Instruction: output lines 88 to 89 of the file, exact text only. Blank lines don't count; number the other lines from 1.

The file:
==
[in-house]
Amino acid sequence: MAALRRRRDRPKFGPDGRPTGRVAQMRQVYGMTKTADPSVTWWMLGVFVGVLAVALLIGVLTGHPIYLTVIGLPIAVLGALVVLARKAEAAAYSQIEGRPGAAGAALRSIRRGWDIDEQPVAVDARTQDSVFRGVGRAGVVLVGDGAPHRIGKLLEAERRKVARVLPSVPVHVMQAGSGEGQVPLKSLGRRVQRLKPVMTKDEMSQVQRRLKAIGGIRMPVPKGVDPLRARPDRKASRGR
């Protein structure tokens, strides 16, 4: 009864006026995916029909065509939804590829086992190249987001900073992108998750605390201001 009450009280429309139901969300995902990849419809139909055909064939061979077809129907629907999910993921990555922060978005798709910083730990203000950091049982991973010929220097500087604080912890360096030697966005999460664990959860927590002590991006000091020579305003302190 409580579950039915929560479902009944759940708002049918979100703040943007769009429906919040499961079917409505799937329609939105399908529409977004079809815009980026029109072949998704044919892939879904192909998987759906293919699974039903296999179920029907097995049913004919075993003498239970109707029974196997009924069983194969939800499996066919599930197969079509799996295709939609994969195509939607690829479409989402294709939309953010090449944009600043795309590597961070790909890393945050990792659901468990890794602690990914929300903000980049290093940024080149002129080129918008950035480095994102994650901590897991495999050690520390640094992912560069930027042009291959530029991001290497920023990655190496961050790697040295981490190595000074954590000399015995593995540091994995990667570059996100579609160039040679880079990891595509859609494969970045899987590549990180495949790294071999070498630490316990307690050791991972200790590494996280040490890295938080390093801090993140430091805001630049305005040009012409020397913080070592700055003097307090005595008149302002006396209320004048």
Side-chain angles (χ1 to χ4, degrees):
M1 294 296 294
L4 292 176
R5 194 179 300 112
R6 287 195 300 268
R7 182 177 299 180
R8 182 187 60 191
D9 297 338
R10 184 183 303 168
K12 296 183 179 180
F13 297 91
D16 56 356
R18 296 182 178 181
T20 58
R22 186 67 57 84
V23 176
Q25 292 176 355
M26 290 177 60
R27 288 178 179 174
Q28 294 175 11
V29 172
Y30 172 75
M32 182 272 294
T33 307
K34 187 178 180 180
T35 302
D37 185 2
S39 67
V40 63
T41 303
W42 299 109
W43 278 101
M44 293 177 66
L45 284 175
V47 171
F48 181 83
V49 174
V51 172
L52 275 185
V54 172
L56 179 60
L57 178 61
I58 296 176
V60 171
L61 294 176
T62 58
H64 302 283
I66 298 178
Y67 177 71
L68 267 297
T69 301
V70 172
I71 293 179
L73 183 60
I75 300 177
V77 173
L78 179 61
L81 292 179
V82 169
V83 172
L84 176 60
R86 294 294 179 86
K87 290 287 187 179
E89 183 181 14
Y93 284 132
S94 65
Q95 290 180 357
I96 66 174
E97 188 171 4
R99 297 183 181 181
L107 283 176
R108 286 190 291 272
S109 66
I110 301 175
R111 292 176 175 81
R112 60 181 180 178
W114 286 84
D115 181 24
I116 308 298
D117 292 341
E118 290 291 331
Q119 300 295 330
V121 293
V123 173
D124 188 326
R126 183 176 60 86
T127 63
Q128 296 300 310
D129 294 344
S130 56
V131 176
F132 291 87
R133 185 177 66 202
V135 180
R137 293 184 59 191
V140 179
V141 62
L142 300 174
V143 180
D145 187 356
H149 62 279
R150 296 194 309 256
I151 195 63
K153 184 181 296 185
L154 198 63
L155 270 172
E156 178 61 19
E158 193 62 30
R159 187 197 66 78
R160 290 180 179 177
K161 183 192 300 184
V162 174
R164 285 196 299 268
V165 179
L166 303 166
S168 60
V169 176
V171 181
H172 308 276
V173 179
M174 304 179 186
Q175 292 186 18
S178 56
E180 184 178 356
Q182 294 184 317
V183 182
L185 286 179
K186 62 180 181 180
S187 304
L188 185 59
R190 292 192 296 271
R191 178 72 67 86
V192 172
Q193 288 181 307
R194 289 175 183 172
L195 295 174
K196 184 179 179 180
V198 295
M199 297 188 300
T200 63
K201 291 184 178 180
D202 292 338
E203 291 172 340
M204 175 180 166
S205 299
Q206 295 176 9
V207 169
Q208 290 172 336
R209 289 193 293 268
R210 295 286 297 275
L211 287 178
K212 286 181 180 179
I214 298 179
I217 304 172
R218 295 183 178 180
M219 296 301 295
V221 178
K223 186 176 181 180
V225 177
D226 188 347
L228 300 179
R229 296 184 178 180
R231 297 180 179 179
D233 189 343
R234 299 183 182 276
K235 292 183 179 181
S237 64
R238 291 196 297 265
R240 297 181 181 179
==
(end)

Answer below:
D124 188 326
R126 183 176 60 86